Sweeping housing bill has pitted some local leaders against the state lawmakers that represent their cities

Kevin J. Beaty/Denverite
A view of the Colorado Capitol from Denver Public Library’s central library. Dec. 23, 2021.

Nearly 300 people were expected to testify at a committee hearing on Thursday about a sweeping bill to change how growth and development are managed in Colorado.

The hearing showed how the proposal has created unusual political divides. In some cases, it has pitted state lawmakers against local leaders in their districts — even ones from the same party.

“We think removing local input from land-use decisions would be a step in the wrong direction for our state,” said Guyleen Castriotta, mayor of the reliably blue city and county of Broomfield.

Meanwhile, the state representative for the area, Democratic Rep. William Lindstedt, has said he generally supports statewide land-use reform.

Andrew Kenney/CPR News
People waiting for a hearing on land use to start at the Colorado capitol on Thursday, April 6, 2023.

The proposal would give the state new authority over how land is used and neighborhoods are developed in many cities. So-called “Tier 1” cities on the Front Range and beyond would have to allow denser “middle housing” development in all their residential neighborhoods.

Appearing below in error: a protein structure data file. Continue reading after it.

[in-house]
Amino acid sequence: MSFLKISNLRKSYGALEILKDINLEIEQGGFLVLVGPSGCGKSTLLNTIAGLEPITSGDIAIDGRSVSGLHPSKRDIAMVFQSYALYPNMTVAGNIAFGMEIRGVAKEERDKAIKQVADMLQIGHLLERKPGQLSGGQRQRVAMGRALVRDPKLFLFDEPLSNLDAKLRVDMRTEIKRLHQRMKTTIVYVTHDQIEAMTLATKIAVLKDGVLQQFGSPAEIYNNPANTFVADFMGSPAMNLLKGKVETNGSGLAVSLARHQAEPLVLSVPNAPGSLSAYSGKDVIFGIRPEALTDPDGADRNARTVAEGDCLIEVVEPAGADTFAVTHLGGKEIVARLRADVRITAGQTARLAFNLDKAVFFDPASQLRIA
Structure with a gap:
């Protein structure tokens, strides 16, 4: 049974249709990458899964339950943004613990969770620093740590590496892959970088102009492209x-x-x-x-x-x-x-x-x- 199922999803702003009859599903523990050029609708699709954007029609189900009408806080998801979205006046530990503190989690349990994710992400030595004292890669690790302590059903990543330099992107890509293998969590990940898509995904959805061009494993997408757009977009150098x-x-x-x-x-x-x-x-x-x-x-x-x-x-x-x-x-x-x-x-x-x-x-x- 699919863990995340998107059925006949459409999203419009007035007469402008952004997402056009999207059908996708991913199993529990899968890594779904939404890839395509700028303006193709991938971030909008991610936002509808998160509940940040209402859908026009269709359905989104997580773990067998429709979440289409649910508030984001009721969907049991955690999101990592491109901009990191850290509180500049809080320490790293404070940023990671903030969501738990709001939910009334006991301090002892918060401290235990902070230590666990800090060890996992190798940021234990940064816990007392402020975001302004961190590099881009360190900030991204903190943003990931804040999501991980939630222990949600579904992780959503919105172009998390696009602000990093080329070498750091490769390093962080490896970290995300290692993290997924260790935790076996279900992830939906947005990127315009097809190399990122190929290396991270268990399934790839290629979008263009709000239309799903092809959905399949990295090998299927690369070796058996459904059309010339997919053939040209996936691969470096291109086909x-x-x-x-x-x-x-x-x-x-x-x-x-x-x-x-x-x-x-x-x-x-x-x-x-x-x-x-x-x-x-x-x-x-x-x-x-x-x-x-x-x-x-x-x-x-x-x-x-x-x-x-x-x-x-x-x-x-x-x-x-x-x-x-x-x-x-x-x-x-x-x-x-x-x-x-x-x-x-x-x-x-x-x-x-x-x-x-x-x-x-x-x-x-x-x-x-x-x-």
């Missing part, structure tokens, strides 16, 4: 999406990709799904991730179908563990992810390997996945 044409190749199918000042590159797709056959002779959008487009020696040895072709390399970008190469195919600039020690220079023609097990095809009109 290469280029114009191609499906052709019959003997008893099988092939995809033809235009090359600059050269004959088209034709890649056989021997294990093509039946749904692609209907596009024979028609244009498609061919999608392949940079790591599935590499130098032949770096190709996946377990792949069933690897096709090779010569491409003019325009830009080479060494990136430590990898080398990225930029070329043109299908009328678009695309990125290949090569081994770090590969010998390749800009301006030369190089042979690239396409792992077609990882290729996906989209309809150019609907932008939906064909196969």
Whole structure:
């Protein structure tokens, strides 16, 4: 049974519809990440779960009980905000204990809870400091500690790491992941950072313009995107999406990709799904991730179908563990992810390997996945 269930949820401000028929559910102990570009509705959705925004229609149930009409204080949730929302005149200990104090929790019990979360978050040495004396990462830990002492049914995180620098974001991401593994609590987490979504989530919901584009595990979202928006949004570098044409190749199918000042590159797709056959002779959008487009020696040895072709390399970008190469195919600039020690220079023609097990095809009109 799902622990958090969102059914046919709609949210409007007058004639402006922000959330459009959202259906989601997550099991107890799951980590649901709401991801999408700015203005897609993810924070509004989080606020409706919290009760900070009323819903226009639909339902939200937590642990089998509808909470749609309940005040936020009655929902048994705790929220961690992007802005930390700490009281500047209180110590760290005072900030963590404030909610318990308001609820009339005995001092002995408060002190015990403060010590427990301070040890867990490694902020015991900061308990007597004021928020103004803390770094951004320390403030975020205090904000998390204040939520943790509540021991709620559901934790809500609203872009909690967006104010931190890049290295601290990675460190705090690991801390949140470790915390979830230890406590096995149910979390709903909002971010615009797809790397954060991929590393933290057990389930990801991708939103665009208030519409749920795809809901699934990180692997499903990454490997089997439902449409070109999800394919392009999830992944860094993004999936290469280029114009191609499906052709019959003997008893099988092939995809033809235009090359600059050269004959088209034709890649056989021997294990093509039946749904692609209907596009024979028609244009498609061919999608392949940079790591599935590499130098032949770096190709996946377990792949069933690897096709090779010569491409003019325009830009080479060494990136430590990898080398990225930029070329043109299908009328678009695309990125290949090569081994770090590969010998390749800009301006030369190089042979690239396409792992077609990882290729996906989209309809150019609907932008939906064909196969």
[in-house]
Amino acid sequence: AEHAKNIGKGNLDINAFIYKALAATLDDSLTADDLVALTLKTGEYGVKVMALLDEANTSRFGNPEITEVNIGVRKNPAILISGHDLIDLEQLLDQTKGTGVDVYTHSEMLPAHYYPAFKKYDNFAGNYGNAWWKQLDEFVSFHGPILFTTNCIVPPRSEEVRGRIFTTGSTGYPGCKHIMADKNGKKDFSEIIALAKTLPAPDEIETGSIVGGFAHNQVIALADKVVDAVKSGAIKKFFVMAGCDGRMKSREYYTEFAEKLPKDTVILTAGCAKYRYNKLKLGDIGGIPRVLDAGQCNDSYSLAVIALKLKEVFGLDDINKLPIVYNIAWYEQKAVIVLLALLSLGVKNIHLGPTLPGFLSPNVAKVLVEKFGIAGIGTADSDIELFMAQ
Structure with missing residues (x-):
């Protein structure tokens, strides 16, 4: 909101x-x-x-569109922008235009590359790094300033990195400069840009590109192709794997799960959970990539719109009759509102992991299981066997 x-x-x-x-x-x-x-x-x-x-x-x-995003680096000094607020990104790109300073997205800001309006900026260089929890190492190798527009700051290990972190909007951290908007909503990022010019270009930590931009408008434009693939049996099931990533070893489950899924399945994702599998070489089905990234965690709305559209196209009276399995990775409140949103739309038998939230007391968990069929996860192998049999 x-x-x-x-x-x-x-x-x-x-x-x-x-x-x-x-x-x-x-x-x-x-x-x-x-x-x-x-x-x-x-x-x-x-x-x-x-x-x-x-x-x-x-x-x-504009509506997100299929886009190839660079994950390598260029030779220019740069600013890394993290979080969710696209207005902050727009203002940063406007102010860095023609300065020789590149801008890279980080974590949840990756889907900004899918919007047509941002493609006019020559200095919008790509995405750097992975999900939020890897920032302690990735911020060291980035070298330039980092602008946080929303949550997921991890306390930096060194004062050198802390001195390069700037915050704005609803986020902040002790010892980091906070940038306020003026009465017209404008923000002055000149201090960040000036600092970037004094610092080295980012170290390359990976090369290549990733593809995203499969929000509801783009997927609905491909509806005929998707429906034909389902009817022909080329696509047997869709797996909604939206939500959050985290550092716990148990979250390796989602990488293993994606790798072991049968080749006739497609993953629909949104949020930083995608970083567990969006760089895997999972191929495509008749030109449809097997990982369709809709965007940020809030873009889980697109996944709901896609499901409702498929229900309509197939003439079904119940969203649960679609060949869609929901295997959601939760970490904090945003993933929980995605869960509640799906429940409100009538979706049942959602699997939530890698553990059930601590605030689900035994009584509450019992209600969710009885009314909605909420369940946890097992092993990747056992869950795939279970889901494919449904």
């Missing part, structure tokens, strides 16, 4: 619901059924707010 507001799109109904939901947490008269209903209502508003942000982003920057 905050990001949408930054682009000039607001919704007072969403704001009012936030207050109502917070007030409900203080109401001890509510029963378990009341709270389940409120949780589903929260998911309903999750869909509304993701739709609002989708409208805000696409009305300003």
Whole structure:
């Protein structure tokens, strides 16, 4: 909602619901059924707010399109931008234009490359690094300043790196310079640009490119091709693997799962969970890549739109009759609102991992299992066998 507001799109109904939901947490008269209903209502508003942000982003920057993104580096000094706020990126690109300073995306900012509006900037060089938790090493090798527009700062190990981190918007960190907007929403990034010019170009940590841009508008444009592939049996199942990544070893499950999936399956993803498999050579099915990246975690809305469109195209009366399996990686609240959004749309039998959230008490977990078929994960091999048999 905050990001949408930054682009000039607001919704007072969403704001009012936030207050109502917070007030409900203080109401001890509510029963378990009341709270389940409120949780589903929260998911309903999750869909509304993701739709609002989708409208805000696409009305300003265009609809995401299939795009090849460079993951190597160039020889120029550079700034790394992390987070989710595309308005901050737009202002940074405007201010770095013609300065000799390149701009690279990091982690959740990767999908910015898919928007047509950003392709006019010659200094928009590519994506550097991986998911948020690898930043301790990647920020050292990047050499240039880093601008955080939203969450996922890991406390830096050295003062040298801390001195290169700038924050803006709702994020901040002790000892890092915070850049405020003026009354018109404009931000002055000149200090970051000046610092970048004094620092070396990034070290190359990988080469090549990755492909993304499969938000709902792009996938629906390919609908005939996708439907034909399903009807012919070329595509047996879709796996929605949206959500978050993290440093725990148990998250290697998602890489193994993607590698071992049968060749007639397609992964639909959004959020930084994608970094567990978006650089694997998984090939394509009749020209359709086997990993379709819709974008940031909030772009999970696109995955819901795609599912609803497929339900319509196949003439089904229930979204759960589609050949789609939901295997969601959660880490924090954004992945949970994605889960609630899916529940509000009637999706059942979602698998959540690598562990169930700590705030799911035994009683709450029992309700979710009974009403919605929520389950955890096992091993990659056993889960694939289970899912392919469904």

To address some of those local concerns, Senate Majority Leader Dominick Moreno said he was preparing a series of amendments.

“I know firsthand how important the partnership between state and local communities is,” the Commerce City Democrat said. “We will meet many more times as this bill moves through the process.”

Debate was expected to continue late into the day, but the committee didn’t plan to actually take a vote on the policy at the end of it. Instead, Moreno said they would take it slower in order to incorporate feedback.

Changes are in the works

Moreno foreshadowed a series of potential changes, including:

  • Lowering the amount of density that cities would have to accept for residential neighborhoods. Instead of opening the door to six-unit residential structures, affected cities would only have to allow four-unit structures.
  • Allowing cities to require a certain amount of parking alongside new residential development. In the initial version of the bill, cities could not require any new parking be built alongside the new density.
  • Adding new requirements for affordable housing alongside new development.
  • Giving mountain resort towns more flexibility to implement their requirements under the bill.

Even with changes like that, state Sen. Barbara Kirkmeyer, a Republican who represents Weld County, believes the bill is wrongfully stripping away power from local governments and their voters.

"I don’t see anywhere in this bill where locals, where the neighborhoods, my constituents and your constituents, would have the ability to have a voice like they do now,” she said.

Republican state Sen. Byron Pelton similarly said that the bill concentrated power in the hands of “unelected bureaucrats.”